Johannes Hoffmann (SPD)
|Minister President of Bavaria|
17 March 1919 – 14 March 1920
|Preceded by||Kurt Eisner|
|Succeeded by||Gustav Ritter von Kahr|
|Education minister of Bavaria|
8 November 1918 – 14 March 1920
|Preceded by||Eugen von Knilling|
|Succeeded by||Franz Matt|
3 July 1867|
Ilbesheim, Kingdom of Bavaria
15 December 1930 (aged 63)|
German People's Party|
Social Democratic Party of Germany (from 1907)
Born in Ilbesheim, near Landau, Palatinate, his parents were Peter Hoffmann and Maria Eva, née Keller. He attended the Gymnasium in Landau, and, having completed his studies at the teaching seminary, served as a school teacher in Kaiserslautern from 1887. He married Luise Ackermann in 1892.
Between 1899 and 1904, Hoffmann was a member of the Kaiserslautern city council, seconded by the liberal German People's Party (DVP). In 1907, he joined the Social Democrats and was elected deputy of the Bavarian Landtag the next year; his candidacy earned him disciplinary proceedings and he finally had to quit public service.
In 1910 he returned into the Kauserslautern city council and from 1912 he held the position of second mayor. In the same year, he was elected to the German Reichstag parliament. After the German Revolution of 1918–19 and the establishment of the People's State of Bavaria, he served as Bavarian Minister of Education under Minister-President Kurt Eisner. During his tenure as Minister of Education, he removed the Bavarian schooling system from the supervision of the Catholic Church. After Eisner's assassination he succeeded him as minister-president of the People's State of Bavaria on 17 March 1919 as the first freely elected Bavarian Minister President.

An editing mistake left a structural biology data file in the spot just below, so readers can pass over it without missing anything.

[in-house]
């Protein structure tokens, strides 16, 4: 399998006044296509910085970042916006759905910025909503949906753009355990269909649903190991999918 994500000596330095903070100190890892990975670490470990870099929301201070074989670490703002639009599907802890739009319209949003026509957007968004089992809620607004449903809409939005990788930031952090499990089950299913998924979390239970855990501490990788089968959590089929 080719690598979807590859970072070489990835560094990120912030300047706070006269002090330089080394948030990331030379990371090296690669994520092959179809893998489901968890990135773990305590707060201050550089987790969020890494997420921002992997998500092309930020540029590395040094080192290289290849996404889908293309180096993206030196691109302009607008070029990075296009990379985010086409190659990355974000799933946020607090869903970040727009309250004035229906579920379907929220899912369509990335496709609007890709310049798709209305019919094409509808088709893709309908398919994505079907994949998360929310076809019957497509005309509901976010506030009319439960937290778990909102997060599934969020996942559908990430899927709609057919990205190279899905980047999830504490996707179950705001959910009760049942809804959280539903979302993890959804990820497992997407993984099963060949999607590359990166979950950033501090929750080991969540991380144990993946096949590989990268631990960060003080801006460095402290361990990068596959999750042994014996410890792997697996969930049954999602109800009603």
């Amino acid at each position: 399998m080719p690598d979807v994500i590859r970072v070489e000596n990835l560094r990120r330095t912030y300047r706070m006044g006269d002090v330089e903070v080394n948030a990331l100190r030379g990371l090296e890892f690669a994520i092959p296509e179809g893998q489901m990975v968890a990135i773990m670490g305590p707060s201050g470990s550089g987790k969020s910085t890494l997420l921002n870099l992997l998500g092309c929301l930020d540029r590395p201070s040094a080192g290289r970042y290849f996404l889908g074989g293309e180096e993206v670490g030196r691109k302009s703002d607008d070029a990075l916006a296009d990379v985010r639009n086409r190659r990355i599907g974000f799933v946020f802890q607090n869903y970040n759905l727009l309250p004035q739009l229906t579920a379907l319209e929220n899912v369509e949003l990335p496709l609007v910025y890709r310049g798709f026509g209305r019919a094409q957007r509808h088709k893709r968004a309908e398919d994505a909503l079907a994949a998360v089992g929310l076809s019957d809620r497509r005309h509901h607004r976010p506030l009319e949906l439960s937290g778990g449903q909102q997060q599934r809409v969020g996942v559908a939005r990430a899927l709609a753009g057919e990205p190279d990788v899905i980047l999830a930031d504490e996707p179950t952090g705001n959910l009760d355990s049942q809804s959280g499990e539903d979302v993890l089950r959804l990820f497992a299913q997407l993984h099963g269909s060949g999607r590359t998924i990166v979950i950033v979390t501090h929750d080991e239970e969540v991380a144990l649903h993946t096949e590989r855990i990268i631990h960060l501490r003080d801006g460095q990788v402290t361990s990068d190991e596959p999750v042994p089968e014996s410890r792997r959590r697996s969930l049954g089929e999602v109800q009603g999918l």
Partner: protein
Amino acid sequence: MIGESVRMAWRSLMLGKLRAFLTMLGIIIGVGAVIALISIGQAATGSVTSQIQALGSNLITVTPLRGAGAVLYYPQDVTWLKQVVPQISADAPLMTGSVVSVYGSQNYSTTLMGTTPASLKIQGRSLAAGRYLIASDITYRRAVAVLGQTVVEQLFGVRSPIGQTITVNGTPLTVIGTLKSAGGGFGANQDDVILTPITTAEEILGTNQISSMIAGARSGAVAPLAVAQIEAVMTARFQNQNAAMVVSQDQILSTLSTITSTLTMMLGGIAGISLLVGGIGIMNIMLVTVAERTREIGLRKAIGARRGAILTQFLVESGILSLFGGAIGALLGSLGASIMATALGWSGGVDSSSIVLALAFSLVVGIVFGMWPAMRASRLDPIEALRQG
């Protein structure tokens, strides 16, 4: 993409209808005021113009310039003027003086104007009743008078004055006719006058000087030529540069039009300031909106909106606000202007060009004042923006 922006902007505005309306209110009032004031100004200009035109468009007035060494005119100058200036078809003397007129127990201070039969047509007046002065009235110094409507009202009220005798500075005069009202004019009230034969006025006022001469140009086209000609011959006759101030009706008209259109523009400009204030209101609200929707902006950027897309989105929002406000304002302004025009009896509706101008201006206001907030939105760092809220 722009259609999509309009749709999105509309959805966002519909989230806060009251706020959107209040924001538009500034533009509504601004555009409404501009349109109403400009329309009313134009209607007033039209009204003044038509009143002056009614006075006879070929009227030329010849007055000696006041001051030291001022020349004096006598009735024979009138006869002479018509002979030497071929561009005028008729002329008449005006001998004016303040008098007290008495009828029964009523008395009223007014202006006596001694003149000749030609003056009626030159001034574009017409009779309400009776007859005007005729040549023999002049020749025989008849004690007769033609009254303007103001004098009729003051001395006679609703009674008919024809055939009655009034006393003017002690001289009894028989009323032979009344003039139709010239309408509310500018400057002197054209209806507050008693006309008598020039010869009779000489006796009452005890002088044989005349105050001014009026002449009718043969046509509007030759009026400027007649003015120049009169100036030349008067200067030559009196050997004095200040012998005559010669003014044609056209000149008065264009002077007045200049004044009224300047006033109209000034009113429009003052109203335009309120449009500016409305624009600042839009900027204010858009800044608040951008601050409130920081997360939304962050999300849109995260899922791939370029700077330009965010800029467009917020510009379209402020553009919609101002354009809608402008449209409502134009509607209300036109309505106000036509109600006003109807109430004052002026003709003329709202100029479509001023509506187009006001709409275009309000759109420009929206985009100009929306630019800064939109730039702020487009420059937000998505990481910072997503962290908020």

Ousted from Munich by the forces of the Bavarian Soviet Republic and the local worker's council led by Hoffmann's former party fellow Ernst Niekisch, the parliament and government evaded to Bamberg in April 1919, where Hoffmann took part in the working out of the Bavarian Constitution ("Bamberg Constitution"). After his government had Munich occupied by Reichswehr troops and paramilitary Freikorps units, Hoffmann and his cabinet were able to return in May 1919. However, on 14 March 1920, Hoffmann resigned and was succeeded by Gustav von Kahr, after he was forced out of office by the Bavarian Civil Guards and Freikorps forces.
Hoffmann returned to Kaiserslautern. After standing unsuccessfully for Mayor of Ludwigshafen, he again tried to pursue his teaching career. Nevertheless, he was dismissed on charges of collaboration during the Allied occupation of the Rhineland. At least, Hoffmann retained his Reichstag mandate until his death in 1930. All pension claims raised by his widow were denied by the Bavarian government.
- Universitätsbibliothek Regensburg - Bosls bayrische Biographie - Johannes Hoffmann (in German), author: Karl Bosl, publisher: Pustet, page 361
- Picture of Johannes Hoffmann, taken in 1919 Historisches Lexikon Bayerns
| Prime Minister of Bavaria
1919 – 1920
Gustav von Kahr